To use a sports analogy, the physical property development of a project is like rounding third base and heading for home plate. Except its not a regular season game and you didn’t just knock it out of the park. Far from it. You’ve got the outfielder with an amazing arm launching the ball towards the catcher as you sprint with all you’ve got to slide into home.
It’s stressful, but exhilarating.
At the Art Center, there is tried and true methodology to getting the absolute best and most out of a transportation design student as we go from sketch to physical model in 14 weeks. I’m going to go into some detail about how the process works from my standpoint, but there are many ways to skin this particular cat, and I am far from the authority, just one who’s been through it and has a way that works.
With my McLaren Monaco concept project, myself and my classmates actually had about 12 weeks or less to complete everything as we also were preparing and creating our graduation show so this was a unique challenge. I remember finalizing my design in 2D (sketches and renderings) and then translating that into a 3D model in order to be milled right up until the very last minute of possibility. It’s a fine line, but as a designer, you’re constantly trying to get your design to sing as harmoniously as possible until you have to pull the trigger, make a judgment, and commit.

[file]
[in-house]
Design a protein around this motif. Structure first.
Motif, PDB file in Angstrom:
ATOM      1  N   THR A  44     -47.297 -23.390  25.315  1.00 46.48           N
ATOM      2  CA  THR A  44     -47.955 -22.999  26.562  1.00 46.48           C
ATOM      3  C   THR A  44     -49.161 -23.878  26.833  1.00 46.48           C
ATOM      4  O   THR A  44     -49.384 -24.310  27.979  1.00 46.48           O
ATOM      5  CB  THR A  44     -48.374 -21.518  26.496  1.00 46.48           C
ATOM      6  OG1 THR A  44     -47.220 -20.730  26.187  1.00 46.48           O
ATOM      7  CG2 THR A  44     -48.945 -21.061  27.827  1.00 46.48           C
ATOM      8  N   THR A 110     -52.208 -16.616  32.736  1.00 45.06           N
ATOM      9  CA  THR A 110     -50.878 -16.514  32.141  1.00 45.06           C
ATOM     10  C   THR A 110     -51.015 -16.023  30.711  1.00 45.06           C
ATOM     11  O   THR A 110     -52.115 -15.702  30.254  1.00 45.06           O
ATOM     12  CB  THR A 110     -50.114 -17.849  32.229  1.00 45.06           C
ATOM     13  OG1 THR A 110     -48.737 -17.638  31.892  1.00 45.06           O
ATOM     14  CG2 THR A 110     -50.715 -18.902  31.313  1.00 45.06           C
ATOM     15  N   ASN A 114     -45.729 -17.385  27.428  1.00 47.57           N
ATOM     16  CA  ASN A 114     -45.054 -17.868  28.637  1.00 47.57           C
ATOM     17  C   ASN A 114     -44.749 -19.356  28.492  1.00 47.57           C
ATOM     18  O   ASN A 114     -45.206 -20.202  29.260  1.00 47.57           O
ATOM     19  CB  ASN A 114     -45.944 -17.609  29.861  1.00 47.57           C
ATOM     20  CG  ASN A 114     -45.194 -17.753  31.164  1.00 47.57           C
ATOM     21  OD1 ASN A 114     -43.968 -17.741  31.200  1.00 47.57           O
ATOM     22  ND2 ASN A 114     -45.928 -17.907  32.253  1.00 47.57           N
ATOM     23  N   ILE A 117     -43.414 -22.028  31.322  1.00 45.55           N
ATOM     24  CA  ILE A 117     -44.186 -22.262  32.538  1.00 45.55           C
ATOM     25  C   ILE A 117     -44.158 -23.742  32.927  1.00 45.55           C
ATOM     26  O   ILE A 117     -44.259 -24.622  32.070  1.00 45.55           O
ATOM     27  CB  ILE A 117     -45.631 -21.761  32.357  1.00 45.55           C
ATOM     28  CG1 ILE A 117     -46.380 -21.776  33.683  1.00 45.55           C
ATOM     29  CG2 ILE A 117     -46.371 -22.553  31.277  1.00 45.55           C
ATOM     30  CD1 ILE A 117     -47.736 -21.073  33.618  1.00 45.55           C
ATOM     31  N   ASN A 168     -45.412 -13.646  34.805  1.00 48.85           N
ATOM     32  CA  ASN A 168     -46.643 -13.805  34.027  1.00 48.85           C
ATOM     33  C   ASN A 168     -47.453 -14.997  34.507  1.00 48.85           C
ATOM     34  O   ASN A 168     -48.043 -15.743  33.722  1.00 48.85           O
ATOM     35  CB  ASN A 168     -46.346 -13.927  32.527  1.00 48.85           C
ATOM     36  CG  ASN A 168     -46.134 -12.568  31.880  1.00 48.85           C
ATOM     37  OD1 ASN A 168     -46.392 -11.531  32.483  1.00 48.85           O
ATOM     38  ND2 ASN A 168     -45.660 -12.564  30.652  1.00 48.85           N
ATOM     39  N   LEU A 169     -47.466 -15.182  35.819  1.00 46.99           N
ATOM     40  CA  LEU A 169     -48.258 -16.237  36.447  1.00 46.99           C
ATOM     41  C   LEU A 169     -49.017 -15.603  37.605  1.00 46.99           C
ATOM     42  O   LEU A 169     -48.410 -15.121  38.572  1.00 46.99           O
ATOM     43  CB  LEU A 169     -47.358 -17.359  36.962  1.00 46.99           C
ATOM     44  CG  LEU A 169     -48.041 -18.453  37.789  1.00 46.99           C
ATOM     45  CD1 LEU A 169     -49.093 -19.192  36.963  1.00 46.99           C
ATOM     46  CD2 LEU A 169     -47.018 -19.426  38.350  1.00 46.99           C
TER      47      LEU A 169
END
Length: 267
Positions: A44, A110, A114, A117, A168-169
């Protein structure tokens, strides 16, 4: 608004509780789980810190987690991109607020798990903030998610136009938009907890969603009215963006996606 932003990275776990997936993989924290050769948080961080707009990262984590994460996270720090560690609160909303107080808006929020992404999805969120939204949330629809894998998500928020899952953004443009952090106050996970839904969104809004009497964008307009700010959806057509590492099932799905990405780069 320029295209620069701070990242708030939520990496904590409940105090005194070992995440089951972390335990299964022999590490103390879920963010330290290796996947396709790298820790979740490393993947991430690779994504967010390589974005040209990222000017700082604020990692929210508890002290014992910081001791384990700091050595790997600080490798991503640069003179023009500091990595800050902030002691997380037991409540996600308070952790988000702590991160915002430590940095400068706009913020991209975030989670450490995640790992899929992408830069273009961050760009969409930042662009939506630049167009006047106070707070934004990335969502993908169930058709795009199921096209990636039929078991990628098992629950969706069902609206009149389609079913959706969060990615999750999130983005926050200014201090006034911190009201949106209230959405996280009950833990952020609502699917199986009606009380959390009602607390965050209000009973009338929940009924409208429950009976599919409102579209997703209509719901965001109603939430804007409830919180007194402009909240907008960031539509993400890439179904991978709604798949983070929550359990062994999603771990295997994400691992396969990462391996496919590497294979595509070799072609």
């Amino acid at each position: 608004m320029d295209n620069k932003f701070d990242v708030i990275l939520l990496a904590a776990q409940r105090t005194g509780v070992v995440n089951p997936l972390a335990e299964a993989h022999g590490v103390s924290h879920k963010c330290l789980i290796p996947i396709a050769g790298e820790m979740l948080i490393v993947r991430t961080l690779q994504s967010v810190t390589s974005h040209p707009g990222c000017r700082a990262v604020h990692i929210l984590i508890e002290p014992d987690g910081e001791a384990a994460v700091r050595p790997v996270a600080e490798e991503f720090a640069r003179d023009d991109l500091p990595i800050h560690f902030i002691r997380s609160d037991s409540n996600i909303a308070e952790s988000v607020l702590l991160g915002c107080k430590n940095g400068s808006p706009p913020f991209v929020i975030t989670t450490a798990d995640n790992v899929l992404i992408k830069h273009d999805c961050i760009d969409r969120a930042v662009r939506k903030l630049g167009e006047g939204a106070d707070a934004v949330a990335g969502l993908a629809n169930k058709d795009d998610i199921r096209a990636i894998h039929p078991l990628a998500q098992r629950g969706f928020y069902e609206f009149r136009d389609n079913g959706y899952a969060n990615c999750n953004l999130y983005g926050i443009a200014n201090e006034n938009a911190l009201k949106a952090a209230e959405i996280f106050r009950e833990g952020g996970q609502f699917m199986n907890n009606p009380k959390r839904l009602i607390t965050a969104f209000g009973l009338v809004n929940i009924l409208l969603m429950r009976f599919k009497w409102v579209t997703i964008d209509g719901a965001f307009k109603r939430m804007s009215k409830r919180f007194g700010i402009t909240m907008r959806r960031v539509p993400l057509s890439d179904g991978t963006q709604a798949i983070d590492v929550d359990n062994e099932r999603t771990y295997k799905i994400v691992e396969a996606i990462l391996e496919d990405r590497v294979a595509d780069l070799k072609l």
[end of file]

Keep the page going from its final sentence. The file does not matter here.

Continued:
I elected to mill my model out of 20lb foam rather than by clay for one simple reason, I’m not a clay modeler and the end result of clay versus foam would not be as refined. I realize that clay would most likely result in a better model in terms of volume, surfacing, and form development, but I didn’t feel I had the time. So with the 3D Alias model done, I sent it to our CNC mill and about 8 hours later I had my raw foam model. After lightly sanding the surfaces with a thin slices of 20lb foam, it was off to the paint booth for primer.
I liked to get to school around 5-6am when everyone’s sleeping so you can have the paint booth to yourself and spend about 7 hours or so priming one coat at a time. After letting it dry for a good 24 hours to be absolutely sure the primer is fully dry, wet sanding begins. I managed to wet sand my model in a day which is quick, going from 200grit to 800grit in the process.
This takes a long time because you constantly are taping off your key lines and working with the form in order to not mess up your surfaces; once they’re gone, it’ll take skillful bondo work to get them back if you can. During this time I also had my 3D printed parts incoming and on this model the whole front end was 3D printed in 2 pieces, primed, sanded, and ‘bondo’d’ into the rest of the model. Also printed were the ‘tendons’ that go into the greenhouse from each corner of the car; the same process for the front end was applied to integrate them. I made one more trip to the paint booth in order to prime over the seams of bondo because bondo and paint don’t tend to be friendly so you want an even coat of primer below your painted surfaces.